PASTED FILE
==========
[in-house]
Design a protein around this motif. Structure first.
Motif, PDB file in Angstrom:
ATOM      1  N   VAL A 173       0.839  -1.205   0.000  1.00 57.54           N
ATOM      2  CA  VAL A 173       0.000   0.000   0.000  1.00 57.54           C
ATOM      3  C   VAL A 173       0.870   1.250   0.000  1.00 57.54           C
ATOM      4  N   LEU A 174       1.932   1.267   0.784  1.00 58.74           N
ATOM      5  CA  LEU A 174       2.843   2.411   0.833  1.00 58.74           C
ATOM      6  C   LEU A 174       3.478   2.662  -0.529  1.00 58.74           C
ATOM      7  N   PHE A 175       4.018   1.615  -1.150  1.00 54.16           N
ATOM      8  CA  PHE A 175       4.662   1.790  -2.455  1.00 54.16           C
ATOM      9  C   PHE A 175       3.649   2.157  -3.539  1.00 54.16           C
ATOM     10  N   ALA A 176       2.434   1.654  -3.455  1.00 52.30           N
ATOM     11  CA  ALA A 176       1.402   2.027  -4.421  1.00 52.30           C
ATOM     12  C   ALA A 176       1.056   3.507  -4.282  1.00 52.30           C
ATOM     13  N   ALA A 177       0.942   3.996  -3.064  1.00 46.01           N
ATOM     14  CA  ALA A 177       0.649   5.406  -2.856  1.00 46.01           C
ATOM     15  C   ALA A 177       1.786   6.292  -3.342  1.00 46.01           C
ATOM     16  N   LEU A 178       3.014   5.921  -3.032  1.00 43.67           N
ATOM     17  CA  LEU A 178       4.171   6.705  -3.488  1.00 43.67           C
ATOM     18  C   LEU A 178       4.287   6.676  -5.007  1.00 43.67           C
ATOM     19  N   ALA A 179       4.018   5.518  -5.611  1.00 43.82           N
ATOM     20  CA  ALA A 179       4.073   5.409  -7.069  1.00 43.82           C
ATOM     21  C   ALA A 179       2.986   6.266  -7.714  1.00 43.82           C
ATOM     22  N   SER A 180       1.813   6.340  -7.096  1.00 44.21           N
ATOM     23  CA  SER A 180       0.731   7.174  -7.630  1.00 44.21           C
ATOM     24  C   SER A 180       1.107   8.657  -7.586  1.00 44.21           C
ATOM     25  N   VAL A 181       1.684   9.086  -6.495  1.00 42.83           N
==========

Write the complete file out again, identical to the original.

[in-house]
Design a protein around this motif. Structure first.
Motif, PDB file in Angstrom:
ATOM      1  N   VAL A 173       0.839  -1.205   0.000  1.00 57.54           N
ATOM      2  CA  VAL A 173       0.000   0.000   0.000  1.00 57.54           C
ATOM      3  C   VAL A 173       0.870   1.250   0.000  1.00 57.54           C
ATOM      4  N   LEU A 174       1.932   1.267   0.784  1.00 58.74           N
ATOM      5  CA  LEU A 174       2.843   2.411   0.833  1.00 58.74           C
ATOM      6  C   LEU A 174       3.478   2.662  -0.529  1.00 58.74           C
ATOM      7  N   PHE A 175       4.018   1.615  -1.150  1.00 54.16           N
ATOM      8  CA  PHE A 175       4.662   1.790  -2.455  1.00 54.16           C
ATOM      9  C   PHE A 175       3.649   2.157  -3.539  1.00 54.16           C
ATOM     10  N   ALA A 176       2.434   1.654  -3.455  1.00 52.30           N
ATOM     11  CA  ALA A 176       1.402   2.027  -4.421  1.00 52.30           C
ATOM     12  C   ALA A 176       1.056   3.507  -4.282  1.00 52.30           C
ATOM     13  N   ALA A 177       0.942   3.996  -3.064  1.00 46.01           N
ATOM     14  CA  ALA A 177       0.649   5.406  -2.856  1.00 46.01           C
ATOM     15  C   ALA A 177       1.786   6.292  -3.342  1.00 46.01           C
ATOM     16  N   LEU A 178       3.014   5.921  -3.032  1.00 43.67           N
ATOM     17  CA  LEU A 178       4.171   6.705  -3.488  1.00 43.67           C
ATOM     18  C   LEU A 178       4.287   6.676  -5.007  1.00 43.67           C
ATOM     19  N   ALA A 179       4.018   5.518  -5.611  1.00 43.82           N
ATOM     20  CA  ALA A 179       4.073   5.409  -7.069  1.00 43.82           C
ATOM     21  C   ALA A 179       2.986   6.266  -7.714  1.00 43.82           C
ATOM     22  N   SER A 180       1.813   6.340  -7.096  1.00 44.21           N
ATOM     23  CA  SER A 180       0.731   7.174  -7.630  1.00 44.21           C
ATOM     24  C   SER A 180       1.107   8.657  -7.586  1.00 44.21           C
ATOM     25  N   VAL A 181       1.684   9.086  -6.495  1.00 42.83           N